Thursday 30 August 2012

NOW will cut both ways, Rafizi pledges

KUALA LUMPUR, Aug 30 ― PKR’s “exposé man” Rafizi Ramli today pledged his National Oversight and Whistleblowers Centre (NOW) will be impartial towards whistleblowers from both sides of the political divide.

During the centre’s launch today, Rafizi admitted that his role as NOW’s executive director may render it difficult for the centre to shake off the perception that its functions are political in nature.

However, he gave his assurance today that the centre “will be (as) vicious to [Pakatan Rakyat] as to any other political organisation and parties”.

“But whistleblowers must come with documents to substantiate their claims. If they come with documents, even if it’s to incriminate PR leaders or even the Bar Council, we will investigate,” he said in his opening speech today here.

Rafizi also said the centre “transcends (the) political divide”, after disclosing a congratulatory message from Deputy Minister for Higher Education Datuk Saifuddin Abdullah.

“We need to raise public awareness on the important role of whistleblowers. In this context, we should also look at ways and means to implement the [Whistleblowers Protection Act] to the [fullest], and making sure that its goals will prevail should it be confronted with other laws and regulations or obstacles,” Saifuddin wrote in the e-mail that was shown to reporters today.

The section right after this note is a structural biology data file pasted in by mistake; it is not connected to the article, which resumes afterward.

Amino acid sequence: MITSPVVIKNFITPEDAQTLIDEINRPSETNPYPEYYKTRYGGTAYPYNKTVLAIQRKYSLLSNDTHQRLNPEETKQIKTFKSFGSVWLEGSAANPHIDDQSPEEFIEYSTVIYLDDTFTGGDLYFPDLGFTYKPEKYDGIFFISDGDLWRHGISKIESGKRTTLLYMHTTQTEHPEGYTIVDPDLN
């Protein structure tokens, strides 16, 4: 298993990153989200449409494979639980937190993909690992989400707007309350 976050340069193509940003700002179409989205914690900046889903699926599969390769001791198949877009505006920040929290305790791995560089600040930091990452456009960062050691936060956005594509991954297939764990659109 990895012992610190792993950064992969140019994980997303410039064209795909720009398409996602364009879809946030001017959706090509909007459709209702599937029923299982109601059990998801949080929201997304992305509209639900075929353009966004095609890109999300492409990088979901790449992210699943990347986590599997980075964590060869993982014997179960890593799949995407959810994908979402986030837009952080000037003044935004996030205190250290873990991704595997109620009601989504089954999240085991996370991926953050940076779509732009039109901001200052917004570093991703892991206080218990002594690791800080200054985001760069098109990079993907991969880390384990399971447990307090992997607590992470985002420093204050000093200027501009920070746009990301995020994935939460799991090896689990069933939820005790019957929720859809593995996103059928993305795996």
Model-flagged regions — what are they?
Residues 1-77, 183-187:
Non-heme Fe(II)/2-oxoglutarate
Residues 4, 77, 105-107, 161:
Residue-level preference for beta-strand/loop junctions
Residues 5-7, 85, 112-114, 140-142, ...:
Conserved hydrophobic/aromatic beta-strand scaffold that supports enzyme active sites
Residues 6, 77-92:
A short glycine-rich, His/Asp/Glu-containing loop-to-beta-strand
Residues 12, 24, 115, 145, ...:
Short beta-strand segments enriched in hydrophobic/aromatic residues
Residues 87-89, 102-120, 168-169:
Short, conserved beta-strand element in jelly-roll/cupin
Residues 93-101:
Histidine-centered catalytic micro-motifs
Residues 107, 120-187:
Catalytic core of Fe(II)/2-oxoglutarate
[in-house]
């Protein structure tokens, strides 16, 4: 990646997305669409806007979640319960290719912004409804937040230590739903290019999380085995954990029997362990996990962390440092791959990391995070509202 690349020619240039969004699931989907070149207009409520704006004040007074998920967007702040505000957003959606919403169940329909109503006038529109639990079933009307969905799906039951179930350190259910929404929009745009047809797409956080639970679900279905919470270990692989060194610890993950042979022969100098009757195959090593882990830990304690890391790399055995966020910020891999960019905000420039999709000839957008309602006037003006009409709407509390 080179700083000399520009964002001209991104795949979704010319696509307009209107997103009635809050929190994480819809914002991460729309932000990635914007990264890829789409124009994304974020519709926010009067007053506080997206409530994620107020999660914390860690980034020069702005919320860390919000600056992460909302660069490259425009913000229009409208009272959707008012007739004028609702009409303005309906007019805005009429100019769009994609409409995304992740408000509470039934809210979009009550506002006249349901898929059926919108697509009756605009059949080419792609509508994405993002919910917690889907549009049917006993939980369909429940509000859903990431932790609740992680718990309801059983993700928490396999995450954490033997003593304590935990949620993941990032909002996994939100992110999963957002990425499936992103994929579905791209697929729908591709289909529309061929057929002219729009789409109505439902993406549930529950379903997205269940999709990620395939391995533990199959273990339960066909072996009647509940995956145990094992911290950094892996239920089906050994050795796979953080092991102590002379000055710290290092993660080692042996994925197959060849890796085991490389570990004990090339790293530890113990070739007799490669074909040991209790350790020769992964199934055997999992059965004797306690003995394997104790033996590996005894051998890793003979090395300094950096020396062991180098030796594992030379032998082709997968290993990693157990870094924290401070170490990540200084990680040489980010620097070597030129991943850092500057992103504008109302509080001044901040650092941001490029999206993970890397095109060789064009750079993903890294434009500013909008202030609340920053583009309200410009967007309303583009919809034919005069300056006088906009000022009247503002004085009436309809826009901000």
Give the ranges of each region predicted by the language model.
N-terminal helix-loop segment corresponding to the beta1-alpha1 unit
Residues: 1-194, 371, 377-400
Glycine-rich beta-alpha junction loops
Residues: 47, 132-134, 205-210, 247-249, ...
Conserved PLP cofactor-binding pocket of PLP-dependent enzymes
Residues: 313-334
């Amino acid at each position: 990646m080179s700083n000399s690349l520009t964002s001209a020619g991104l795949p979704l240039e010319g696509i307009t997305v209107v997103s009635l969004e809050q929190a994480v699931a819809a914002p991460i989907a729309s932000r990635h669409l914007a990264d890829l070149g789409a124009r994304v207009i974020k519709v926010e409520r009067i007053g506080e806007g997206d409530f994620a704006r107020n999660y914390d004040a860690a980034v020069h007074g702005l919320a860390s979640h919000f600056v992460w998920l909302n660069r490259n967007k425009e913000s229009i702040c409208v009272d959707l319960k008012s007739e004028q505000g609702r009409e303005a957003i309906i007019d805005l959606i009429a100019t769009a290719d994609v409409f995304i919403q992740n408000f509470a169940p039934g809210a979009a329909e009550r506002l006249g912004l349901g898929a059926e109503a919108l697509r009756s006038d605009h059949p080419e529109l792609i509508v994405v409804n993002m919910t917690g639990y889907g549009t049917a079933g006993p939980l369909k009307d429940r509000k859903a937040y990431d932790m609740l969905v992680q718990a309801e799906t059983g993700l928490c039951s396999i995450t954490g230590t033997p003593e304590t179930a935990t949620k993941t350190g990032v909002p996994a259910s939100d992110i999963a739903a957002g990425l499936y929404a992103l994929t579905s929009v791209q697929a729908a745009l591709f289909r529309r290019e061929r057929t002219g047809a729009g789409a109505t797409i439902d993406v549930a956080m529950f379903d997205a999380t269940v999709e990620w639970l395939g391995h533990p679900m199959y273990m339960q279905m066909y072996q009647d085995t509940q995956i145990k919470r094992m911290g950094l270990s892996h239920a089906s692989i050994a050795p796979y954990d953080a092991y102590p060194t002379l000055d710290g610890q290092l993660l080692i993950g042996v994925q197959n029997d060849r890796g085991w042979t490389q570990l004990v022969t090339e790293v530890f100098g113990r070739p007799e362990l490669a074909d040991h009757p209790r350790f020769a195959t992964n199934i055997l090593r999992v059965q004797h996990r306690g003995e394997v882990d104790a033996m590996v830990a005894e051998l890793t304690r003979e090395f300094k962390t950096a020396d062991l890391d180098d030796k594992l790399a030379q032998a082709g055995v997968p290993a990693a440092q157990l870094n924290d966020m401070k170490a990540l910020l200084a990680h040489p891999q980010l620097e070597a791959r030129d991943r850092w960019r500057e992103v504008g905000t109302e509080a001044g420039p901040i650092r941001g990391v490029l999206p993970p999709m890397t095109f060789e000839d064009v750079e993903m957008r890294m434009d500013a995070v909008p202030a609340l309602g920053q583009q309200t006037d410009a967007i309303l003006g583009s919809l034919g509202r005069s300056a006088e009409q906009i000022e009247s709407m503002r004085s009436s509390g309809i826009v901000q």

“We must all by truly committed and have the political will to carry out this duty,” he added.

Later, Rafizi reiterated that NOW has no political agenda, adding that he would do everything in his ability to ensure that no PR party ― PKR, PAS or DAP ― would use the centre as its own political tool to target leaders from Barisan Nasional (BN).

During today’s launch, the PKR strategy director explained the objectives of NOW included instituting public-driven oversight functions in the society, raising public awareness on issues relating to governance and accountability, as well as to protect and defend whistleblowers.

Meanwhile, Bar Council Treasurer Steven Thiru spoke of the legal aspects and UIA lecturer Maszlee Malik explained about whistleblowing from the Islamic perspective.

Rafizi had told The Malaysian Insider in an exclusive interview on Tuesday that NOW will be a “civil society alternative” to government authorities like the Malaysian Anti-Corruption Commission (MACC) and the police, whose reputations have been marred by numerous reports of custodial deaths as well as assault and intimidation by armed officers.

He explained that the centre will prepare a step-by-step process for whistleblowing, which will include offering advice to informants on the legal risks they may face with their disclosures should they agree to proceed.

NOW currently has a four-member team including Rafizi and is expected to commence interviews for volunteers soon, shortly after its launch today.

The NOW Centre is believed to be the first of its kind in southeast Asia.

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